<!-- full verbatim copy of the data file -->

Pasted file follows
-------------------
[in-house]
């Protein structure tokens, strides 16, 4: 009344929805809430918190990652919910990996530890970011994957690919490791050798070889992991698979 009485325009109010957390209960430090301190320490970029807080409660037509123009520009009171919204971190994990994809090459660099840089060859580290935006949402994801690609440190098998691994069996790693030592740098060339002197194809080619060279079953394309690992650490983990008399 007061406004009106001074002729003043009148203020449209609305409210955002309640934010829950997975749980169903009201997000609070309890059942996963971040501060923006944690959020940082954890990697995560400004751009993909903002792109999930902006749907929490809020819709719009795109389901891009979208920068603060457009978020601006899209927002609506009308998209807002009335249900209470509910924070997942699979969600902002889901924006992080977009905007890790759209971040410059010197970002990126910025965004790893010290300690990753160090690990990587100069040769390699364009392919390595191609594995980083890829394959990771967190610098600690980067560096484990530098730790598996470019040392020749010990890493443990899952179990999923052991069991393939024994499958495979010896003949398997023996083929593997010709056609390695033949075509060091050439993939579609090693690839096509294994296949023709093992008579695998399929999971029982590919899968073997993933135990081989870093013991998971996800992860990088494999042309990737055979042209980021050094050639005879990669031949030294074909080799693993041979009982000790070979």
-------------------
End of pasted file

[in-house]
């Protein structure tokens, strides 16, 4: 009344929805809430918190990652919910990996530890970011994957690919490791050798070889992991698979 009485325009109010957390209960430090301190320490970029807080409660037509123009520009009171919204971190994990994809090459660099840089060859580290935006949402994801690609440190098998691994069996790693030592740098060339002197194809080619060279079953394309690992650490983990008399 007061406004009106001074002729003043009148203020449209609305409210955002309640934010829950997975749980169903009201997000609070309890059942996963971040501060923006944690959020940082954890990697995560400004751009993909903002792109999930902006749907929490809020819709719009795109389901891009979208920068603060457009978020601006899209927002609506009308998209807002009335249900209470509910924070997942699979969600902002889901924006992080977009905007890790759209971040410059010197970002990126910025965004790893010290300690990753160090690990990587100069040769390699364009392919390595191609594995980083890829394959990771967190610098600690980067560096484990530098730790598996470019040392020749010990890493443990899952179990999923052991069991393939024994499958495979010896003949398997023996083929593997010709056609390695033949075509060091050439993939579609090693690839096509294994296949023709093992008579695998399929999971029982590919899968073997993933135990081989870093013991998971996800992860990088494999042309990737055979042209980021050094050639005879990669031949030294074909080799693993041979009982000790070979």